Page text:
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12 Caterpillars With Eyespots (Pictures & Facts)

Have you ever seen caterpillars with eyespots on their back? This type of camouflage is called “mimicry,” and caterpillars use it to avoid being eaten by predators.

The caterpillar which is the larval stage of a moth or butterfly, comes in all shapes, sizes, and colors. Some caterpillars even have distinctive markings on their bodies, including eyespots that resemble the eyes of a larger animal.

These eyespots can serve a variety of purposes, from scaring off predators to attracting potential mates. In this listicle, we’ll explore some of the most interesting caterpillars with eyespots and learn more about their unique features and behaviors.

12 Caterpillars With Eyespots

In this article, we’ll take a closer look at how these caterpillars fool predators and different kinds of caterpillars with eyespots.

1. Spicebush Swallowtail Butterfly

Spicebush swallowtail caterpillar
Spicebush swallowtail caterpillar | image by U.S. Fish and Wildlife Service Headquarters via Flickr | CC BY 2.0

The spicebush swallowtail caterpillar has two sets of “eyes” on its back. The false eyes are meant to scare predators away.

When a predator sees the false eyes, it thinks that the caterpillar is looking at it. This makes the predator think twice about attacking the caterpillar.

2. Tiger Swallowtail Butterfly

Tiger swallowtail caterpillar
Tiger Swallowtail caterpillar crawling on leaf | image by Dean Morley via Flickr | CC BY-ND 2.0

The caterpillars of the tiger swallowtail are also fascinating. They have fake eyes on their back that help to scare away predators.

The tiger swallowtail caterpillar also has a long, thin tail that resembles a tiger’s tail. This helps to confuse predators further.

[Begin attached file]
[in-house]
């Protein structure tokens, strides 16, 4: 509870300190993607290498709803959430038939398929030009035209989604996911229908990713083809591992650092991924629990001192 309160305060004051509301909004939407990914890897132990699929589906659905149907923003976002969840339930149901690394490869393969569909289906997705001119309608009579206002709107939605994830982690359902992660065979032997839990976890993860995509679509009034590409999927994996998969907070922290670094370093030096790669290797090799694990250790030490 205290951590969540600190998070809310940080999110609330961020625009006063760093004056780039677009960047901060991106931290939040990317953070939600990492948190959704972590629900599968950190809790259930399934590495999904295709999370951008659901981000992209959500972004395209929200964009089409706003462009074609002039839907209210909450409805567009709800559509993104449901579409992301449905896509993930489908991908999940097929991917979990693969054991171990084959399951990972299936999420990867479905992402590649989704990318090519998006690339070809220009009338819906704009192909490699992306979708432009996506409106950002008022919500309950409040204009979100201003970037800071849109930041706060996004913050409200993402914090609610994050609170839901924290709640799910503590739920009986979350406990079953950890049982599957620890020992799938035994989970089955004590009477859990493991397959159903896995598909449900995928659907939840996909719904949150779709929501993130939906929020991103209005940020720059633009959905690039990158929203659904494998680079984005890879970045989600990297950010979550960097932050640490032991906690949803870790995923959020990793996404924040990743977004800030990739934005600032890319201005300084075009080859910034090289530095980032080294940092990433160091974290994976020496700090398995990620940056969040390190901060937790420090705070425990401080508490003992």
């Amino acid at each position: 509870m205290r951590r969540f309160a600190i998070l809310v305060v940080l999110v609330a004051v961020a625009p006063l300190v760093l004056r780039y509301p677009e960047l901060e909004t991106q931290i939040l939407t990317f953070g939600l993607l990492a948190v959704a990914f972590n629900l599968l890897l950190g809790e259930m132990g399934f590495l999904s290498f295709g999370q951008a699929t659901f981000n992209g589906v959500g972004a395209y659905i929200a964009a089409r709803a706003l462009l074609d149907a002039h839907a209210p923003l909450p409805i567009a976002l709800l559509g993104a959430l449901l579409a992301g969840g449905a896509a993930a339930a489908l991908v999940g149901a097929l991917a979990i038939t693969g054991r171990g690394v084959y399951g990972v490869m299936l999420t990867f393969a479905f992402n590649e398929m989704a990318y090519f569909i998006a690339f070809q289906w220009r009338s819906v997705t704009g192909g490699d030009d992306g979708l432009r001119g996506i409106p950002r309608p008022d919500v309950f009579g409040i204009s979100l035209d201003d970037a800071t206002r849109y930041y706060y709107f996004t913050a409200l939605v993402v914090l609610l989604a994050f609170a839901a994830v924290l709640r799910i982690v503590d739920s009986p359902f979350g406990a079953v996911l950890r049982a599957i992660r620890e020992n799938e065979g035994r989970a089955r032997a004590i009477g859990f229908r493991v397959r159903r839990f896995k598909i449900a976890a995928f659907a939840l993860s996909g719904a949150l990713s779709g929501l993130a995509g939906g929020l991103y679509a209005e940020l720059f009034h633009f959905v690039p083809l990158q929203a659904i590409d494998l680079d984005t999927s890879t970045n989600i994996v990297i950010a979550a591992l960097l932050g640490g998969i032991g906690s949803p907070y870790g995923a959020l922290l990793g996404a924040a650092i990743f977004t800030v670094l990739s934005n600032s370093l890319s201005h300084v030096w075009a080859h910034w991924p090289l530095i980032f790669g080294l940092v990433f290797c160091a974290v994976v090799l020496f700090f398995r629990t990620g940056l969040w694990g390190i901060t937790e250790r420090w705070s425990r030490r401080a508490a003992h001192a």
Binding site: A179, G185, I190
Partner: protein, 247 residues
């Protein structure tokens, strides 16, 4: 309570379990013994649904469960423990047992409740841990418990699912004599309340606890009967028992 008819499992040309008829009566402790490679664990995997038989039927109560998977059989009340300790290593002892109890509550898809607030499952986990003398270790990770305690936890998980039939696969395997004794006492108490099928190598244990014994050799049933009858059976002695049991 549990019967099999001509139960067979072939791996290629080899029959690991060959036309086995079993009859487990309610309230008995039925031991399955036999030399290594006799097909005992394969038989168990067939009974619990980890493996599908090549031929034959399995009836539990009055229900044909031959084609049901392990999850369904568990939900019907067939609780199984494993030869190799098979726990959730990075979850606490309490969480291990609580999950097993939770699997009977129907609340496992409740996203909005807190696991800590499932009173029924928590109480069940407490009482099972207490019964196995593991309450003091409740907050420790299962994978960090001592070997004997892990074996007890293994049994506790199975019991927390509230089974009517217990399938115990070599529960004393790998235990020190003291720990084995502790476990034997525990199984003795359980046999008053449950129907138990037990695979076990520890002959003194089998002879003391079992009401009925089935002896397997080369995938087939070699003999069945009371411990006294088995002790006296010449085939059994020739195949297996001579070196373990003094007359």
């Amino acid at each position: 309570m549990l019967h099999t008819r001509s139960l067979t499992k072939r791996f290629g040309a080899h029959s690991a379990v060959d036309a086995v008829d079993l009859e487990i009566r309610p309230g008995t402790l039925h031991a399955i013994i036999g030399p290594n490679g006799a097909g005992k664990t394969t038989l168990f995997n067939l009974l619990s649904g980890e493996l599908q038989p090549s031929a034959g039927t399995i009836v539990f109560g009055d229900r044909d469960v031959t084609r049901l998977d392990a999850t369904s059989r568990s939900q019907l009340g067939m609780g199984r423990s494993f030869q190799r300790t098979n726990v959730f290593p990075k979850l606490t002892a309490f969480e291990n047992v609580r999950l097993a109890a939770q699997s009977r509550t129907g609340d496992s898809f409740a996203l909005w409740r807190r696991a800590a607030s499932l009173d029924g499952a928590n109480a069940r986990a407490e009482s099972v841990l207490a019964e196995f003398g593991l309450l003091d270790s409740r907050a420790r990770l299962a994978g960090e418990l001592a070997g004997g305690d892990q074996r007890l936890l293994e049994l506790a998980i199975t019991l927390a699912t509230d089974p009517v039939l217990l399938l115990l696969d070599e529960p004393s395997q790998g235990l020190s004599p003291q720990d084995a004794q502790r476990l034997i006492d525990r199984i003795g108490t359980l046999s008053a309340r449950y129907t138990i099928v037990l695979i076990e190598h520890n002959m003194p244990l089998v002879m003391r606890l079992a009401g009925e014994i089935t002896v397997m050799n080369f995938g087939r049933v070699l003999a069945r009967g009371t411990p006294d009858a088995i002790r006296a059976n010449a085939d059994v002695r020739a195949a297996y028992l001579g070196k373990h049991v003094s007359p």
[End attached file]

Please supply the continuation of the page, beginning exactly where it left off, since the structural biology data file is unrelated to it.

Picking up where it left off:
3. Tersa Sphinx Moth

Tersa sphinx caterpillar
Tersa Sphinx Caterpillar | image by PiccoloNamek via Wikimedia Commons | CC BY-SA 3.0

The Tersa sphinx caterpillar is the larvae of a species of moth that is found in North America. The caterpillar for this moth has fake eyes on its back that give it the appearance of a snake. These eyes are black and tan circles on their sides.

The caterpillar mimics a snake to deter predators. Tersa sphinx are native to Mexico and the southwestern United States. The moth has a wingspan of about four inches. The front of its body is brown, while the back is tan.

4. Elephant Hawk Moth

elephant hawk caterpillar
Elephant Hawk Moth Caterpillar | image by Alison Day via Flickr | CC BY-ND 2.0

The elephant hawk moth is a large moth with distinctive caterpillars. The caterpillars have false eyes on their back, which helps to deter predators. The false eyes on the caterpillars’ backs are black spots.

However, they are surrounded by a bright white or yellow ring. This creates the illusion of a much larger eye.

The elephant hawk moth is found in Europe and Asia. It gets its name from the fact that its caterpillars resemble small elephants.

5. Silver-Spotted Skipper Butterfly

silver spotted skipper caterpillar
Silver Spotted Skipper Caterpillar | image by Judy Gallagher via Flickr | CC BY 2.0

The silver-spotted skipper is a small but mighty creature! It has some amazing defense mechanisms that help it to stay safe from predators. The silver-spotted skipper has a special defense mechanism that helps it to avoid being eaten by predators.

This caterpillar has two large fake eyes on its bulbous head. The silver-spotted skipper also has a chemical in its body that makes it taste bad to predators. So this caterpillar has definitely adapted for survival.

6. Pergesa Hawk Moth

pergesa hawk moth caterpillar
Pergesa Acteus | image by Gee via Flickr | CC BY 2.0

The Pergesa hawkmoth is a species of moth that is found in southern Asia and Indonesia. They’re also widely distributed in Japan and the Philippines. The fake eyes on the back of pergesa hawkmoth caterpillars help to protect them from predators by giving them the appearance of being a snake.